Pocket Knives – Pocket knives are smaller versions of folding knives with compact profiles that fit easily into pockets or belts. They come in a variety og sizes, shapes, colors and patterns depending on the purpose they are made for — such as tactical blades for everyday carry, EDC tools for outdoor activities or Swiss Army style multi-tools with multiple attachments suitable for light utility tasks.
Common Knife Parts
Blade: The blade is the main cutting edge of a knife. It usually comprises of steel, although some are made of titanium or other materials. It can be single-edged or double-edged, and some even feature serrated edges.
Handle: The handle is designed to provide a comfortable grip and ease of movement during use. Most handles are composed of a lightweight material such as plastic, wood or rubber, with synthetic materials becoming increasingly popular among modern mass-produced knives.
Bolster: A bolster runs along the length of the handle between the blade and handle to strengthen the construction in these two areas and provide weight for balance. Typical bolsters are made from steel, brass or aluminum, but some may consist of ivory or other materials in custom designs.
Scale: On either side of the handle — attached via rivets — scales provide additional protection against slips and add to overall comfort when gripping the knife by dispersing weight over a larger area. These can either match in terms of pattern and design (symmetrical) or feature different sides that play off each other nicely (asymmetrical).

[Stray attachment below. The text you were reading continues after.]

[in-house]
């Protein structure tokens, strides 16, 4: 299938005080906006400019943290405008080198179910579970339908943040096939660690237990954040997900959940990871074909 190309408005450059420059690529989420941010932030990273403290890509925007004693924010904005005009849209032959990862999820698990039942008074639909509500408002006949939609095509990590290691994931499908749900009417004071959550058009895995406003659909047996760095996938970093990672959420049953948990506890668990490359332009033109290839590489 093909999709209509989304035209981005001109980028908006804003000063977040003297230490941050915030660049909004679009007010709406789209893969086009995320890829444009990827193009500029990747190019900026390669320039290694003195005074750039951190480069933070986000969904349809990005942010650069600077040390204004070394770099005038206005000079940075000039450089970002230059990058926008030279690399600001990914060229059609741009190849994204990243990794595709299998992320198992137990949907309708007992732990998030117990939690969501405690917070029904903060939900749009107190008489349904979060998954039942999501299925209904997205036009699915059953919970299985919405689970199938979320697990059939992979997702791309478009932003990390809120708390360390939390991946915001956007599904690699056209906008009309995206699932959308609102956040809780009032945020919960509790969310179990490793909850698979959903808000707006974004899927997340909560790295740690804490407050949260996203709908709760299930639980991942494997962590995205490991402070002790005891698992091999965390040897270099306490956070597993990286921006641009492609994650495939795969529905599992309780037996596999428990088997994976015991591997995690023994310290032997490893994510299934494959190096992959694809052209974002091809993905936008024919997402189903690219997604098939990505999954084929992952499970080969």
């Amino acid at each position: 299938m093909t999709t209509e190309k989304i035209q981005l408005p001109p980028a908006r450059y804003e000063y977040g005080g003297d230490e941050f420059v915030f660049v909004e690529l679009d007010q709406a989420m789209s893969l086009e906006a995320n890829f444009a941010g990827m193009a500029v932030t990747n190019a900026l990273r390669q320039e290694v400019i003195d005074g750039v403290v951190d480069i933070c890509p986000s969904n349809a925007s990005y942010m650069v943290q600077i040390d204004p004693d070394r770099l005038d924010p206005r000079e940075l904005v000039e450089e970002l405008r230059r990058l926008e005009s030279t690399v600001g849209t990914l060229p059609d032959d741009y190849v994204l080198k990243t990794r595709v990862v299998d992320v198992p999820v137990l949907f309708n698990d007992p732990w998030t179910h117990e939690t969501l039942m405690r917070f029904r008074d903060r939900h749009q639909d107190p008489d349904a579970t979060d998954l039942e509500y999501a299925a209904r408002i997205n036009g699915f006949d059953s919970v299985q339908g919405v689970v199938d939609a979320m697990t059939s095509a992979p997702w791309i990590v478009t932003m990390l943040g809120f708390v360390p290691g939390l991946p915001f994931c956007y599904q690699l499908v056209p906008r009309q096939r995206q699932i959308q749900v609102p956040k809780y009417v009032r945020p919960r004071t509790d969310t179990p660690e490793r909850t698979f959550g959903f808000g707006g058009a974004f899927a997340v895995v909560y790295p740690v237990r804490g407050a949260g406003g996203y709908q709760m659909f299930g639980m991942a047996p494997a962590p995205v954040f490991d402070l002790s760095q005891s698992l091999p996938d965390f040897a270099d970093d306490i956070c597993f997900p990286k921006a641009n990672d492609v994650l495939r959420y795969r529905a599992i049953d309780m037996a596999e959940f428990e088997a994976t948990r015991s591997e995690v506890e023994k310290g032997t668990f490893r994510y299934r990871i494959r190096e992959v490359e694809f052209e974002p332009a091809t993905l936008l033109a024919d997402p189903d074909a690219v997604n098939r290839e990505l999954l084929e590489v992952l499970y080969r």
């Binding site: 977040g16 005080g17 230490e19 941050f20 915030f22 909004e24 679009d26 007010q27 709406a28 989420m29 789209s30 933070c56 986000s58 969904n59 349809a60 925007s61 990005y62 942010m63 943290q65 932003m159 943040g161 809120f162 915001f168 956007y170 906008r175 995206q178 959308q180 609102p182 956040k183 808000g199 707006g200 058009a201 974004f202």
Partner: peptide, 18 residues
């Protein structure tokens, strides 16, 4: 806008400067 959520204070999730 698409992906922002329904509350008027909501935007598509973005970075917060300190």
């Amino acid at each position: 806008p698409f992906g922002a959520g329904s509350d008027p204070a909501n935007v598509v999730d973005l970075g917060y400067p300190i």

Tang: This part connects the blade to its handle through an insertion niche cut into the scales. They range from simple partial tangs located at only one end of the handle to full tangs which pass right though it extending to both sides. Different tang shapes also exist including stick tangs; spear point tangs; bird’s beak; diamond; saddle; hidden tangs; encapsulated/rat tail etc.
Guard: The guard prevents your fingers from slipping onto the sharpened edge while keeping objects away from your hands that you don’t intend to cut with your knife – thus providing safety during use. Common types includes Quillon guards which run across perpendicular to a straight back section attaching at both ends on either side just above where it meets with the scales; Saddle guard which curves up at both ends forming a gentle arch like shape; Half circle guard generally followed on folders for extra security over regular models etc..
Point – The point of a knife is the most tactical and important part. It’s used for piercing, cutting, pushing, thrusting, and other applications. Points are categorized as double-edged or non-edged blades.
Edge – The blade edge refers to the sharp side of the blade that lines up with the spine as you look at it head on. This area is usually beveled or angled to produce a better cutting surface.
Spine – The spine or back of the knife is generally thicker than the rest of it and forms an angle when combined with the edge form a bevel from some angles. This part can be left dull or sharpened depending on your preference.
Heel – The tip at the ricasso which can further enhance penetration with its rearward angle. It typically has opposing polishing angles to provide extra grip for cutting with your fingertip—without compromising edge geometry in any way.